And finally, after 6 months of implementing retention strategies for loyal players, from whom the initial fun of your product wears off, should be employed. Again, this should not be formulaic, and at least the basics should be there before moving to more complex stuff. We saw too many upstarts trying to use regression analysis and dynamic segments before getting their basic player experience right.

Basic recommendations for online casino operators

So, what are the basics that most casinos can fix? First thing I would look at is the availability of basic player data. Geography, bets, wins, games they play, number and amount of deposits, etc. This should be automatically available to the marketing guys without the need to bother someone in IT to get you a new report. Actually, you should focus on removing the IT department from the process, after building the tools required by the marketing. Setting up targets and the ability to easily monitor success are a must.

Basic data, automatisation, personal touch and multilinguality

In my experience, it is also a must to keep marketing requests in check and really, ensuring that their requirements are practical and will be used successfully. I’ve seen many examples in many different industries when a report or a tool that is a must-have and cannot be changed even slightly is already forgotten once it’s developed, and actually should not have been developed in the first place before many other more simple things are taken care of.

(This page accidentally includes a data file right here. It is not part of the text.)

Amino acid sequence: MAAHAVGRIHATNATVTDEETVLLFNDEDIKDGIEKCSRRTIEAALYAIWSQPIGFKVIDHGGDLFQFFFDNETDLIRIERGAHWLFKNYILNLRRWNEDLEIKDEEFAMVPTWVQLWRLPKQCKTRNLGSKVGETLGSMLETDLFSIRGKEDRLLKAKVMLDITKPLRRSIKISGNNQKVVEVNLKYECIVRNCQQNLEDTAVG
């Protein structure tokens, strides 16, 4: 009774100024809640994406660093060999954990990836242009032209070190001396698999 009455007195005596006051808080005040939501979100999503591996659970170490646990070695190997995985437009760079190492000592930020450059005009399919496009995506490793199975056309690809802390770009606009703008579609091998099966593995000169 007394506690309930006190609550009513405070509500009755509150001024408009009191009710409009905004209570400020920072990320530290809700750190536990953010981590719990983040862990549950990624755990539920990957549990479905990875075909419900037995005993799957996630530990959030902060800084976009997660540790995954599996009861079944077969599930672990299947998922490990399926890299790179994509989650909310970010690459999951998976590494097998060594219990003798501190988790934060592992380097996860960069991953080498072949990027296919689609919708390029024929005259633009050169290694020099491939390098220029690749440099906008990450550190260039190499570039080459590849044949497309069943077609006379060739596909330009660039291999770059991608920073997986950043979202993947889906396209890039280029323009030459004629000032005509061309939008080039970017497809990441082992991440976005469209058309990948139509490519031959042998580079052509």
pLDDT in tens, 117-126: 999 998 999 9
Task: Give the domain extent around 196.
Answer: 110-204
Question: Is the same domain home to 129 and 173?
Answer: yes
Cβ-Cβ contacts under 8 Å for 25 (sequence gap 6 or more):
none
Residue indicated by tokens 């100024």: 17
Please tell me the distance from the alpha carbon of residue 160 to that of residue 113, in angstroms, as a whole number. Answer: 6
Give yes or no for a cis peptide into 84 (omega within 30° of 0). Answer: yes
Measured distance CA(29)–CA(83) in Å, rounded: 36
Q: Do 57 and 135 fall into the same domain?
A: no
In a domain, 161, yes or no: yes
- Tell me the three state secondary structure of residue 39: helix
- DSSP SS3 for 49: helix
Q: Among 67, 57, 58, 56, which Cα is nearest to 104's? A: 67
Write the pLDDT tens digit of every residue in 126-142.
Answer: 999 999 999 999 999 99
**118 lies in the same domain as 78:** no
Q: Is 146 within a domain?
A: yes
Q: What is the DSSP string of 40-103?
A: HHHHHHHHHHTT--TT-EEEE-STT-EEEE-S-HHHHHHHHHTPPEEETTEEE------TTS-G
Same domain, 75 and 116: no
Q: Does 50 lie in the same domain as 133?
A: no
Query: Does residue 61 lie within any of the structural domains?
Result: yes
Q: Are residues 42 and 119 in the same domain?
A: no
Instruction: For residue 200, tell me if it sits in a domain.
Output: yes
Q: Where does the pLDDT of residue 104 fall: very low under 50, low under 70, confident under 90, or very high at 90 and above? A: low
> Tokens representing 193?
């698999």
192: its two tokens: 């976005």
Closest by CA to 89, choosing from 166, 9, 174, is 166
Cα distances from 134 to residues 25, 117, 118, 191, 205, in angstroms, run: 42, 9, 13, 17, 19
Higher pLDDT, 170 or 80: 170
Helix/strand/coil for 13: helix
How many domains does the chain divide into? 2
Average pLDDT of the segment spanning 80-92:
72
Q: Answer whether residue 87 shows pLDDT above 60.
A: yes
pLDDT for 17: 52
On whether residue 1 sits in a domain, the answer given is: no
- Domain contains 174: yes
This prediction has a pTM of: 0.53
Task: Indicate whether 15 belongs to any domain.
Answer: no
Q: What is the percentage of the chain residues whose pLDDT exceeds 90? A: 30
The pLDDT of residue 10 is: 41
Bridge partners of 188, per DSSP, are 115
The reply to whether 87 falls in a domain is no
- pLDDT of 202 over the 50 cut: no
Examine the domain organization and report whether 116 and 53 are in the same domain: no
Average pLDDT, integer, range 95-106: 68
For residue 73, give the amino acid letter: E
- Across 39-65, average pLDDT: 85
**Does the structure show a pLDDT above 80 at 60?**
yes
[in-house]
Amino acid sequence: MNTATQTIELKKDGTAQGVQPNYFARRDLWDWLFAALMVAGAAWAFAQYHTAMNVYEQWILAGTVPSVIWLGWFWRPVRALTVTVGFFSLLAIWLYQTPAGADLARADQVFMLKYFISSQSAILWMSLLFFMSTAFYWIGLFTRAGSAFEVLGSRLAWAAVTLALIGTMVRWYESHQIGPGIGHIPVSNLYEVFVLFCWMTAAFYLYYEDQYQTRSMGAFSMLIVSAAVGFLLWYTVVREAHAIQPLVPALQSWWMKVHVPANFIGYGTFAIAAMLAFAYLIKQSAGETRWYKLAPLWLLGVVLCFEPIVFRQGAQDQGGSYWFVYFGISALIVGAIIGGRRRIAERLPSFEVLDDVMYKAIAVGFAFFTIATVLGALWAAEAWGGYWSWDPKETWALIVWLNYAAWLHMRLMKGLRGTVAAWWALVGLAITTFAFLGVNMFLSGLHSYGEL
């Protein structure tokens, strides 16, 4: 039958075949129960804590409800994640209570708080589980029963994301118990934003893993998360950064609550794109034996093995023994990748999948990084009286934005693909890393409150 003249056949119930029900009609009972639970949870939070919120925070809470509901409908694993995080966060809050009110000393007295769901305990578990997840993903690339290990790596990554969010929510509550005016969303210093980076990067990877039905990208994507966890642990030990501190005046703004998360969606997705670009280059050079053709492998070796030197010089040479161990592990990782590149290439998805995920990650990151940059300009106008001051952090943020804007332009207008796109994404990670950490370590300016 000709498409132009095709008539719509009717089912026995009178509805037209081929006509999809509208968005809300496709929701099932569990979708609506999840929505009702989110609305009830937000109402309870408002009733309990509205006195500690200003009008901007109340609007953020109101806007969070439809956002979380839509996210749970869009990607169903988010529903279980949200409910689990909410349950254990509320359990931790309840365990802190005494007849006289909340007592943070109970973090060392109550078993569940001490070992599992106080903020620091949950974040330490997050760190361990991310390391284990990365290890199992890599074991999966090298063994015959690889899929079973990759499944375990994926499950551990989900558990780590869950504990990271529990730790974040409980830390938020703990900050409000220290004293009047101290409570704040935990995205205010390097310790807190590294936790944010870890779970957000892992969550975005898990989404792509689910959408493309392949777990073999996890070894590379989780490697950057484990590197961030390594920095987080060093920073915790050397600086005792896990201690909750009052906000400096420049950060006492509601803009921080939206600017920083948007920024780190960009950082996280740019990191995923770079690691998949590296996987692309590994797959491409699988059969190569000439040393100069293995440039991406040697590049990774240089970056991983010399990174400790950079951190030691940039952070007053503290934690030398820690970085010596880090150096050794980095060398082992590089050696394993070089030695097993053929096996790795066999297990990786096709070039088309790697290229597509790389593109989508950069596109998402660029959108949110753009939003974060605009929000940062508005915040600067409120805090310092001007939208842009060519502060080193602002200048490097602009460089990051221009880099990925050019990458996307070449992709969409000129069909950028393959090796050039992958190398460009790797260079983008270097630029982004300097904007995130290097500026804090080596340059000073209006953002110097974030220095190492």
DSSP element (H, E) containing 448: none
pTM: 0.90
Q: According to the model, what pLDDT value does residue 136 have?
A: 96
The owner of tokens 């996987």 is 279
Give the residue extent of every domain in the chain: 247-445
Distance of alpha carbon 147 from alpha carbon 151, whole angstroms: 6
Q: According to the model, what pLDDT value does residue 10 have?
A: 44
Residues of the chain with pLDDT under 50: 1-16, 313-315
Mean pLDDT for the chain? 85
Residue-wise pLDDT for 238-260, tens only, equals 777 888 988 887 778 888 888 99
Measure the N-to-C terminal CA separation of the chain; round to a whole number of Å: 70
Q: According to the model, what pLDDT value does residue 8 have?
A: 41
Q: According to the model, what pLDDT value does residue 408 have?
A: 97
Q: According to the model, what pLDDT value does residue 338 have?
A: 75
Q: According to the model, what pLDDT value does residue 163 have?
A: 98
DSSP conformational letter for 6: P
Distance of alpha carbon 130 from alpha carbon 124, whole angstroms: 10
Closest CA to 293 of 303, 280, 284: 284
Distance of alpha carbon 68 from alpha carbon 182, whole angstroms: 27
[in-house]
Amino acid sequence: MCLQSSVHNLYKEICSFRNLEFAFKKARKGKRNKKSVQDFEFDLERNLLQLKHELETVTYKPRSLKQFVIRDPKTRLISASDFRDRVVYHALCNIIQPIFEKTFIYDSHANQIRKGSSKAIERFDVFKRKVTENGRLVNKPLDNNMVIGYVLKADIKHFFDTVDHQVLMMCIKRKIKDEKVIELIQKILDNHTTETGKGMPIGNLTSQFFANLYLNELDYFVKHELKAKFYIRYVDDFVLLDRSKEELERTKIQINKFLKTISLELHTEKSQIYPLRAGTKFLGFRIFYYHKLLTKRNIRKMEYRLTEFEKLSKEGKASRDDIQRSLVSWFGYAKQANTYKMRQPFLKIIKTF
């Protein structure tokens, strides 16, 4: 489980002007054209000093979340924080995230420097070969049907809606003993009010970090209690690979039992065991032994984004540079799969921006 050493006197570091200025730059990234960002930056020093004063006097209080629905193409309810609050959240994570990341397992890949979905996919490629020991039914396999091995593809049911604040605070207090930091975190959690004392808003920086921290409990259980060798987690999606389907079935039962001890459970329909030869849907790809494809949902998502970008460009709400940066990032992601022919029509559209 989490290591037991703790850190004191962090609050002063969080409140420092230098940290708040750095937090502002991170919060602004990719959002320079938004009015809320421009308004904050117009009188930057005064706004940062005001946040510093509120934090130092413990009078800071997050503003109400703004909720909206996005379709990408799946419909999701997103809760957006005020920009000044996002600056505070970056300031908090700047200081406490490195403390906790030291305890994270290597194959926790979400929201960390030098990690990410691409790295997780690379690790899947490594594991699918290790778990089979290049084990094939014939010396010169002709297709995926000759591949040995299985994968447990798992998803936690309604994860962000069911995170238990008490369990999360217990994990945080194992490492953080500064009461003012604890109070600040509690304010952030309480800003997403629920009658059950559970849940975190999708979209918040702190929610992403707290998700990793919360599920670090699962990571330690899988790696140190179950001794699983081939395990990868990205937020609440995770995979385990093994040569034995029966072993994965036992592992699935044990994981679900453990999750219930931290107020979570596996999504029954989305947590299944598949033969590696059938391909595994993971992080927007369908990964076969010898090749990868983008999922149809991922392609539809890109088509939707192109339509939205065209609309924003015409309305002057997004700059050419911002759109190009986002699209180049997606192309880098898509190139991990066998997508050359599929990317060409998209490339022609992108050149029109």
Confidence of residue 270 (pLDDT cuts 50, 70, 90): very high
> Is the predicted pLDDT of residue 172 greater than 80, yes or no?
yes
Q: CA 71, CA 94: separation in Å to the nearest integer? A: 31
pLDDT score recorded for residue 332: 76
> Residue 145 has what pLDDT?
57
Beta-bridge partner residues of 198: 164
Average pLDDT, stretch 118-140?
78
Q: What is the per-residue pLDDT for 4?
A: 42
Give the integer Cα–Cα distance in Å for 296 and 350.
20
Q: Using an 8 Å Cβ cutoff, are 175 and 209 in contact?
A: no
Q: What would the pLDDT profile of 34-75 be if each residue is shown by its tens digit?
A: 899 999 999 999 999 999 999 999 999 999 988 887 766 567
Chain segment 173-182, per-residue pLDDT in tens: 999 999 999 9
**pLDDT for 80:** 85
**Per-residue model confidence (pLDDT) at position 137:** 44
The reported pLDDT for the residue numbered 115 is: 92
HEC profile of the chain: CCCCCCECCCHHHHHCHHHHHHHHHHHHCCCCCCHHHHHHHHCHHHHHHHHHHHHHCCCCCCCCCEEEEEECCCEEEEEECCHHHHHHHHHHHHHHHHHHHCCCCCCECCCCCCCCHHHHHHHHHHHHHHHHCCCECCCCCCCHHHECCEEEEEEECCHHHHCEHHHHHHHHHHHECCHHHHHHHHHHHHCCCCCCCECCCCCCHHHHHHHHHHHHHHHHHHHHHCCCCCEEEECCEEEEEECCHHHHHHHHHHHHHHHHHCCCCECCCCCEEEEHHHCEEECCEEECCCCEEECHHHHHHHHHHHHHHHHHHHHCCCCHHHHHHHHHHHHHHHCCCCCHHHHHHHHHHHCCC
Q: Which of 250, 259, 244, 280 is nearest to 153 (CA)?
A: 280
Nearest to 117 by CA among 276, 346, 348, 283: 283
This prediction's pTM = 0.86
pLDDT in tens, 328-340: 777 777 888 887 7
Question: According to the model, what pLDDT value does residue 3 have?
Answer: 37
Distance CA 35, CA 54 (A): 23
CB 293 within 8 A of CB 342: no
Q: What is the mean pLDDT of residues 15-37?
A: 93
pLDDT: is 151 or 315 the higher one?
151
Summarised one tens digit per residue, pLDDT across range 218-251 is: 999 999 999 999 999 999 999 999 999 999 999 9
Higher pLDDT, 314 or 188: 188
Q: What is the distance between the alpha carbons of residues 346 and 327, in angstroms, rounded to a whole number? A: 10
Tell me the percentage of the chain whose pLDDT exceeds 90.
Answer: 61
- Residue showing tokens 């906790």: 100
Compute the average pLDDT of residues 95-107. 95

Once you have the basic data, there’s a lot you can do. For an upstart you should ensure that your platform allows automatic campaigns to be launched. This means that once you select a player base you think you can offer something, you should engage them automatically daily, without the need to create manual queries, manual campaigns and so on. Big competitors can afford manually running campaigns because they can hire a team of retention specialists to do the work. For an upstart there should be as much automation as possible, as most probably your retention team is one guy, and most probably it’s not even his full time job.

Adding a personal touch, something that big names often cannot afford, is also a successful strategy. Our activity reel shows in real-time most important events, like failed deposits, failed logins, etc. for the operators to pick up. Ability to proactively solve those issues by launching a live chat session or sometimes (if a client indicated that he likes that) even calling your players, can make wonders for your clients loyalty.

One more thing about which many casinos forget is multi-language support. Yes, English will get you quite far, but there are many players who have difficulty conversing in anything but their native language. It’s costly, as you need to make sure your support staff is both good at their job and can freely use the languages of your players.

There you go, once you fix the basics, you can move to the areas about which most marketing guys are excited, with custom-built or purchased tools for data analysis, player segmentation, A/B testing and so on. But before you do, ensure that the product is good and experience is top-notch.

Artyom Ustinov

Artyom is Head of White Label & Turnkey Solutions and has been working in complex B2B/B2C sales, as well as business development and management consulting in iGaming for more than 10 years.

Together with the Key Account Management Team, he has helped over 100 start-ups and experienced gaming companies to launch their projects with SoftGamings.